#3157  
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Originally Posted by sbrower View Post
99.9% of the people who booked this fare learned about it from a website (such as FT), or from a friend, or from a ticket broker/travel agent, and they were told that it was an error (or, if they weren't, they already knew because they had an IQ high enough to figure it out).
My estimate on tix sold has been 5000-10000 from the beginning. Unofficial sources upthread claims 6000. Lets say all booked an average of 4 tix, giving 1500 customers. That only 1.5 person stumbled upon this by a regular search is of course incorrect. HKG is one the worlds main hubs, and dozens of UAMPs would in any given second search for relevant routings involving HKG.

Originally Posted by seanthepilot View Post
Cost to the airline, per award seat, is about $23.So, 6000 tickets would result in a net cost to the airline of $138,000
1. Thats in any case probably a domestic Y award.

2. And its the incremental price for those in award class, not for the full flight.

Originally Posted by Michael D View Post
I don't think $23 covers the fuel alone needed to fly a single passenger round trip TPAC.

400 Passengers X $23/($2/gallon fuel) = 4,600 gallons for the round trip
Failed math- See above.

Originally Posted by Plusflyer View Post
The (non-free) paper actually references this article to come with the $23 value:
http://today.msnbc.msn.com/id/23137092/#.UBbzgccgcs1

It's hard to say how accurate is this $23 figure and how it was calculated but I think this is indeed of the order of the marginal cost of hauling the weight of an extra passenger on an average domestic award flight (marginal cost is the cost of the extra weight not the cost of hauling the weight of the airplane). On an international flight, it is a few times larger due to longer route and additional service (free luggage and food service). But anyway, the marginal cost of filling an otherwise empty seat is low. The cost of an F award ticker are somewhat larger but it is anyway of the order of low hundreds not thousands of dollars. That's why frequent flyer programs are so profitable.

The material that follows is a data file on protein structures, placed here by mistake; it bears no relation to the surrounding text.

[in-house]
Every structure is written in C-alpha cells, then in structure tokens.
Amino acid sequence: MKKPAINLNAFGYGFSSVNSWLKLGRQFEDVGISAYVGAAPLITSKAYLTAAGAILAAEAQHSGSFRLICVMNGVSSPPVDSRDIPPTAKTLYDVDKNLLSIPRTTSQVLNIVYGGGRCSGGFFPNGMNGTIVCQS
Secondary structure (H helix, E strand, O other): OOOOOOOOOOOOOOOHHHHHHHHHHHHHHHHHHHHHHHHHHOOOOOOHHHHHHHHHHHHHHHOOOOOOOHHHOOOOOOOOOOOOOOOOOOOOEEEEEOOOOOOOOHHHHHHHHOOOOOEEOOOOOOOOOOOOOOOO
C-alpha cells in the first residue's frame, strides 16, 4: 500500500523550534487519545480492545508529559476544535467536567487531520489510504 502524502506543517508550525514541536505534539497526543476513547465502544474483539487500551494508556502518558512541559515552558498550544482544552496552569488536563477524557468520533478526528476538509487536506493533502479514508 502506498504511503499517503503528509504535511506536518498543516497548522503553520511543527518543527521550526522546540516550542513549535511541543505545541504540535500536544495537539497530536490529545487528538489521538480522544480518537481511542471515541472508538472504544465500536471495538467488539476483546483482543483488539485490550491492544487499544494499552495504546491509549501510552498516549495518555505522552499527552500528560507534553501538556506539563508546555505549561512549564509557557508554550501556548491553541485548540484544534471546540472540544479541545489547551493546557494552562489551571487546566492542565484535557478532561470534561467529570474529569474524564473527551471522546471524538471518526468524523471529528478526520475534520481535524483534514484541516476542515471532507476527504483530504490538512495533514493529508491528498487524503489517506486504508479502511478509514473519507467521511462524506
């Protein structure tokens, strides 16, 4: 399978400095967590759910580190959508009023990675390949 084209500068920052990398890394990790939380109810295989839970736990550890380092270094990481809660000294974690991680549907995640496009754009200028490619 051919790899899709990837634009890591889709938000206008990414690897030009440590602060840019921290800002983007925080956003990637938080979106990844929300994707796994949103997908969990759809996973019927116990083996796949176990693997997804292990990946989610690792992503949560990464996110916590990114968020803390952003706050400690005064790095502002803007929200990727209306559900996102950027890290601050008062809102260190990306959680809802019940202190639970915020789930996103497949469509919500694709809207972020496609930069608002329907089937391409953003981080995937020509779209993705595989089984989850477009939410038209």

Pretty spot on I guess.

Originally Posted by sbrower View Post
The fact that front line agents with no authority confirmed that they saw this in their computer doesn't make it an action of UAL.
A company is responsible for all its employees actions, as well as for contractors and sub contractors. Especially so when they are acting within their specified area of responsibility.

Originally Posted by TRAVELSIG View Post
UA will probably argue (and most like successfully) that the amount of money in discussion is more than a small claims limit.

I really doubt this is a good case to take to any court.
Make your claim just below your local limit.

Originally Posted by SWCPHX View Post
No, but if there aren't any prices on the menu, I sure ask what I will be charged before ordering the meal @:-). And then I don't cry or send the meal back when I found out that it was more expensive than what I thought it would be or should be.

So you just blindly put in your multi-city itinerary without having any clue as to the fact that it's supposed to require more than 4 miles for an award ticket and were happily surprised that it just priced out at 4 miles? And you just happened to search for that itinerary on some random day without any knowledge of the pricing error? Whatever...
To put in a multi city request IS asking for the price. Another (totally so) failed analogy.

Originally Posted by WineCountryUA View Post
You would need a screen shot to disprove. (and there are plenty of screenshots showing the dual pricing)

However having a screenshot would show you believe this was a mistake / anomaly.

Sort of a Catch-22.
Maybe, unless you can explain your habit of screenshotting EVRYTHING you do online? Or if you get those scr shots from someone else who did it, who contrary to you did not it was a mistake